Battered for years in the business press, and suffering declining store sales, Sears continues to anchor malls across America.
In what seems like a few short years, Samsung has evolved from a value buy in home electronics to a company known for driving innovation throughout the home and across screens.
What secret do these very different entities have in common? Each of these companies is managing two critical assets—brand equity and corporate reputation—to support overall company business goals. A strong branded house built over years buy some time for corporate reinvention, or it can raise a challenger company to leadership status as the product portfolio gains critical mass; a house of brands can allow individual product brands to continue on a successful path, while defending corporate reputation from a relentless press.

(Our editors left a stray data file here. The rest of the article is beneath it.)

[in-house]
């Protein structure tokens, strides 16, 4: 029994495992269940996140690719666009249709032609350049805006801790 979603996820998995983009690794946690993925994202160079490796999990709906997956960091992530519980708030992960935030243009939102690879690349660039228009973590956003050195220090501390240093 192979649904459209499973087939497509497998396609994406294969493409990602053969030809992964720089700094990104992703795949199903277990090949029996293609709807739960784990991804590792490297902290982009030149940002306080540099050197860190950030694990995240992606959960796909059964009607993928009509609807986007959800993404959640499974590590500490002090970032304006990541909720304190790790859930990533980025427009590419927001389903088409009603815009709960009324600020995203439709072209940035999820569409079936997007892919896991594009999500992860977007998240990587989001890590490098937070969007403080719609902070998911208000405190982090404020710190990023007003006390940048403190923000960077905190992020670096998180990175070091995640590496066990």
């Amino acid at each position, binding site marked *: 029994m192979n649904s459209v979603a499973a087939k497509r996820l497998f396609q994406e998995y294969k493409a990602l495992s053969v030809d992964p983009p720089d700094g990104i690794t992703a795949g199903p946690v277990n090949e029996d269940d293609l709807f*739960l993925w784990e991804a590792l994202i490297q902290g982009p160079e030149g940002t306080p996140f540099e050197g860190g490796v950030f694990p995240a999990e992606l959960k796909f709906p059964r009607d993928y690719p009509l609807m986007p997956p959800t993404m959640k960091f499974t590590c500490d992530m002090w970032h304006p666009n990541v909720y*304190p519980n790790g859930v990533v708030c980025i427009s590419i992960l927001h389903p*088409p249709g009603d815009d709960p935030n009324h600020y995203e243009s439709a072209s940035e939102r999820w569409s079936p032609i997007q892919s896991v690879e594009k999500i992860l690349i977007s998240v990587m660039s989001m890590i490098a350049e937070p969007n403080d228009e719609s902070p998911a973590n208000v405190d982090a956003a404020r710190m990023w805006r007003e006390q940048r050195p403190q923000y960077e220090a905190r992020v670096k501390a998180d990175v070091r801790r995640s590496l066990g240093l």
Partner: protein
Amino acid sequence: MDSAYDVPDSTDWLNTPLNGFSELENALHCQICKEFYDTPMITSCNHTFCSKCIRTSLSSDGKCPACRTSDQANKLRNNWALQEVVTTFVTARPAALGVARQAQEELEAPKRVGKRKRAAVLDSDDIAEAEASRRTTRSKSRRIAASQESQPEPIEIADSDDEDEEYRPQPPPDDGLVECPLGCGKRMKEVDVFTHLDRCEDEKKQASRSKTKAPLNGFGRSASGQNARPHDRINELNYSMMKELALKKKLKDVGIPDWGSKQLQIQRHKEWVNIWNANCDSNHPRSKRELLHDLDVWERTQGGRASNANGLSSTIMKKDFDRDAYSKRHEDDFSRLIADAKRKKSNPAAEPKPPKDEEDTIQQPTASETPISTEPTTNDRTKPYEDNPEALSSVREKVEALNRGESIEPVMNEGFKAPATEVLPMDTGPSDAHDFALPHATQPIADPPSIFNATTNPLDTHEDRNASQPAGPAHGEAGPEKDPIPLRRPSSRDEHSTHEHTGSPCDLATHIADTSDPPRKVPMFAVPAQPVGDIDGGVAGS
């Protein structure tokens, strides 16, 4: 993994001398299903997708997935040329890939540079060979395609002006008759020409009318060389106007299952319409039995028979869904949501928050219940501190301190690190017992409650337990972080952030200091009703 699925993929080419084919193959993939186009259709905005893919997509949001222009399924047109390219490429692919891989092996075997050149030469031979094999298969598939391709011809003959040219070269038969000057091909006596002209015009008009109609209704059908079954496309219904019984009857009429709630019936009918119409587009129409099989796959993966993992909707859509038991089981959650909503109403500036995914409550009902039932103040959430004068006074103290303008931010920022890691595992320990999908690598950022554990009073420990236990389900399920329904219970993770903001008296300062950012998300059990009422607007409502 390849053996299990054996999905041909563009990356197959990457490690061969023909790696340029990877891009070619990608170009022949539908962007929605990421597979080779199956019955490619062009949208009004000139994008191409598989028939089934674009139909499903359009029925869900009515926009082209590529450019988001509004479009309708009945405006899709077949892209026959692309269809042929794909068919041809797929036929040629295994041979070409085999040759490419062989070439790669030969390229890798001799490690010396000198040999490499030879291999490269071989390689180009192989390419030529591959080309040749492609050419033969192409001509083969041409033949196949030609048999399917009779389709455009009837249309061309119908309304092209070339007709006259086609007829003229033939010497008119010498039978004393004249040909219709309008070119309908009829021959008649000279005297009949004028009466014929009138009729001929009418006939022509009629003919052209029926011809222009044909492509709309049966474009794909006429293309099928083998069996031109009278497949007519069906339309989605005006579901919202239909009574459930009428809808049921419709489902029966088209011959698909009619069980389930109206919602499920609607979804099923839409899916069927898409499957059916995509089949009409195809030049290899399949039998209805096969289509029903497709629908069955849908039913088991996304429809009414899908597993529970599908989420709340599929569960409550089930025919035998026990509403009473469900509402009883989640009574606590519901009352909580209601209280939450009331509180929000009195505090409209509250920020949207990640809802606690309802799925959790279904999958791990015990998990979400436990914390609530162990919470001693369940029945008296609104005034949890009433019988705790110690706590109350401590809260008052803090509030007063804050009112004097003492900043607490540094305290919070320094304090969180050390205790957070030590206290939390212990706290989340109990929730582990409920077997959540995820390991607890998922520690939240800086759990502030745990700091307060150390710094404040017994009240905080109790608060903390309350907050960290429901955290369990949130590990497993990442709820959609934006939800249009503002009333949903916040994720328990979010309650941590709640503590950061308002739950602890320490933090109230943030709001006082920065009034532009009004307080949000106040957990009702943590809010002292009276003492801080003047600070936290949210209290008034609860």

In our connected world, one corporate misstep can go viral and result in adverse impacts on products linked to the company through masterbranding. The inverse is also true: As challenger companies bet their reputation on their product lines through masterbranding, they can quickly develop a reputation for quality, vision and innovation, not just among consumers, but among various stakeholders that have a say in their success. Thus, it’s critical to understand the mutual impact of corporate reputation and brand equity across industries.
The alignment between the EquiTrend and Reputation Quotient scores is quite close among consumers, but it also suggests that the relationship differs by industry.